PARIS - Toning up her anti-Muslims rhetoric, far-right presidential hopeful Marine Le Pen has claimed that all meat in Paris was halal, a move seen as an effort by the Elysee aspirant to consolidate her support among far-rightists.
"This situation is a real deception and the government has been fully aware of this situation for months," Le Pen told reporters on the sidelines of a weekend congress of her National Front party in the northern city of Lille, Reuters reported Sunday, February 19.
Le Pen, the leader of the far-right National Front party, said that she had proof that all the meat in Paris was halal.
"All the abattoirs in the Paris region sell halal meat without exception."
The concept of halal -- meaning permissible in Arabic -- has traditionally been applied to food.
Muslims should only eat meat from livestock slaughtered by a sharp knife from their necks, and the name of Allah, the Arabic word for God, must be mentioned.
Now other goods and services can also be certified as halal, including cosmetics, clothing, pharmaceuticals and financial services.
The halal meat claim by Le Pen is seen as an attempt by the far-right candidate to head off incumbent president Nicolas Sarkozy's attempts to lure her supporters.
At one point in January, Le Pen was snapping at the heels of the conservative leader, who announced his bid for re-election earlier last week.
But a BVA poll Friday showed Sarkozy had an 11 point lead over her in the first round of the election on April 22, although Socialist candidate Francois Hollande would still comfortably beat the incumbent in the May 6 runoff.
Focusing on inciting fear on the role of Islam in France, home to up to six million Muslims, Le Pen adopts an anti-immigrant approach to gain public support.
In 2010, Le Pen compared Muslim prayers on the streets to Nazi occupation.
Le Pen's party, founded 40 years ago by her ex-paratrooper father Jean-Marie, is still fuelled by anti-immigrant rhetoric.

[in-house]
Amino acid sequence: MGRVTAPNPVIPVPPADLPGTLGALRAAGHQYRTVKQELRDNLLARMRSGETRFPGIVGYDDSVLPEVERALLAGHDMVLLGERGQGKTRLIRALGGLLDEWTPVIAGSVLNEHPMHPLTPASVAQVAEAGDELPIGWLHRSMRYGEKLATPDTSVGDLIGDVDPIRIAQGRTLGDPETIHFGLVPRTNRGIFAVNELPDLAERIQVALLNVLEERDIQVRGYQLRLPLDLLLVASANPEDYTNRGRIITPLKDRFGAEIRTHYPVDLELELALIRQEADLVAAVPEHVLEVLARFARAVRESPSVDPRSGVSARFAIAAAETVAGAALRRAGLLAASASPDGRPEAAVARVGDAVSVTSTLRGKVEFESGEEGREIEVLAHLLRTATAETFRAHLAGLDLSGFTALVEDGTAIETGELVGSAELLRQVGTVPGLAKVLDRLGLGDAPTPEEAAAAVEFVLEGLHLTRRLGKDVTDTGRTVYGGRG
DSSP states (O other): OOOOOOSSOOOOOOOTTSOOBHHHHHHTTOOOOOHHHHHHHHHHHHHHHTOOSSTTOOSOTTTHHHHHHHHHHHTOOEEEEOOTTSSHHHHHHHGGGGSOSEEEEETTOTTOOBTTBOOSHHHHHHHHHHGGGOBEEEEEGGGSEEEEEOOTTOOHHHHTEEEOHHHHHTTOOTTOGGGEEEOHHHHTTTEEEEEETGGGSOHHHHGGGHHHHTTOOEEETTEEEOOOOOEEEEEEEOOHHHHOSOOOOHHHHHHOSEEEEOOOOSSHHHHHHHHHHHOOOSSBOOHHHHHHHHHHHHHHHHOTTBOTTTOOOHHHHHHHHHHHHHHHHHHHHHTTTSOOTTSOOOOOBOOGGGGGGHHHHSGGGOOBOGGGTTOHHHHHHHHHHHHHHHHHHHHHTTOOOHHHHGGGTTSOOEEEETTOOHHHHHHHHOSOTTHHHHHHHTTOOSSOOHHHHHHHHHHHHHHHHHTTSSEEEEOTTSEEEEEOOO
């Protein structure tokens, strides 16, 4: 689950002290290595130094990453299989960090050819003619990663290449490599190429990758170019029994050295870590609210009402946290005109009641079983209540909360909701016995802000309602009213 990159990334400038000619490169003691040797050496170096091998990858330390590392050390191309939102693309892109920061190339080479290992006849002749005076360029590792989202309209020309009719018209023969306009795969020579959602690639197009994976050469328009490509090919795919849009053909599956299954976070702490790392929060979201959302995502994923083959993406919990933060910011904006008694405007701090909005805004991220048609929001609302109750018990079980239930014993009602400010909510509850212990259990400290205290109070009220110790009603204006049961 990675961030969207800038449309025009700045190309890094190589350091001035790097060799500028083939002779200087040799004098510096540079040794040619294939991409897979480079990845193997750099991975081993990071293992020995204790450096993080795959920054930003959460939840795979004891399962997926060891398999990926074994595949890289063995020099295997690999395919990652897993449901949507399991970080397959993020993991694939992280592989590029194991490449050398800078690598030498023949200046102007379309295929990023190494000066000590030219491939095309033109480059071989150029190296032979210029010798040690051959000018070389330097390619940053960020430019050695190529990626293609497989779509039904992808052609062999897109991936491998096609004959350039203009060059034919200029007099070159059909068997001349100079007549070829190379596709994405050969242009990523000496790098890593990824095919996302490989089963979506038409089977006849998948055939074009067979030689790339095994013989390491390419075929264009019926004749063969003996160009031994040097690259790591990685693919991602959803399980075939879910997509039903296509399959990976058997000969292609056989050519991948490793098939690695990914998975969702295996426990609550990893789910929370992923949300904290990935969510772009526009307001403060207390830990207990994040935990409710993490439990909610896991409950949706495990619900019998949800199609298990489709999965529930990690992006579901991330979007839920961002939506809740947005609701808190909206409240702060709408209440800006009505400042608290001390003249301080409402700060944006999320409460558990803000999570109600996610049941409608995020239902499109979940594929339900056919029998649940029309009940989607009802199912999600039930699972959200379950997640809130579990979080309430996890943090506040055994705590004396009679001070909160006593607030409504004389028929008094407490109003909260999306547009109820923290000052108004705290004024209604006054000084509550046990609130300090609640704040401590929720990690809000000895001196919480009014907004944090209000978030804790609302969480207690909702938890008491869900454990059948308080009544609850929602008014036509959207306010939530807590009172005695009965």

Among her ideas for protecting welfare are toughening citizenship requirements, shutting borders and forbidding foreigners from access to any social aid.
Exploiting discontent over globalization and the debt crisis in Europe, Le Pen had sought to attract voters by shifting from a traditional emphasis on immigration and French identity to leaving the euro and imposing protectionist barriers.
Her stance struck a chord, especially among working class voters suffering economic hardship since the start of the global financial crisis.
Le Pen's focus on Muslim issues is seen as an effort by the far-right hopeful to prevent a sudden victory by Sarkozy in the April-May election.
"Nicolas Sarkozy is trying to renew 2007 by encroaching on our turf," Nicolas Bay, Le Pen's adviser on immigration issues, told Reuters.
"That means we have to go on the offensive as we have no intention of letting him do it again."
But most analysts deem Le Pen's economic program as not credible and have questioned the strategy of shifting from the party's core message.
Criticism of her economic policies has provided an opportunity for conservative Sarkozy to poach far-right voters as he did in 2007 when he ran on a strong security and immigration platform.
Bay said it was important that issues such as the halal claim were made public to show how Muslim values were increasingly influencing local policy and endangering France's secular tradition.
Sarkozy has been seen swerving into the far-right by using Muslim issues to win votes from the far-right.
Sarkozy's government has also toughened its message on immigration and in January it trumpeted the deportation of a record number of illegal migrants in 2011.
He has set himself the goal of cutting legal migration to France to 150,000 people a year, having already cut the quota to 180,000 from 200,000 in past years.
Le Pen says the immigration and security policy was mere posturing for electoral gain and that crimes committed by foreigners had risen as the number of immigrants had risen.
The 43-year old former lawyer says immigration costs France as much as 70 billion euros a year and has pledged to reduce the number of immigrants to just 10,000 a year.
"I think in 2007 (Sarkozy) managed to blind side us using our themes because he was able to appear as a new candidate ... and the National Front didn't have the dynamic we have now with Marine Le Pen," Bay said."But now his track record is bad and we have momentum around Marine so it will be difficult for him."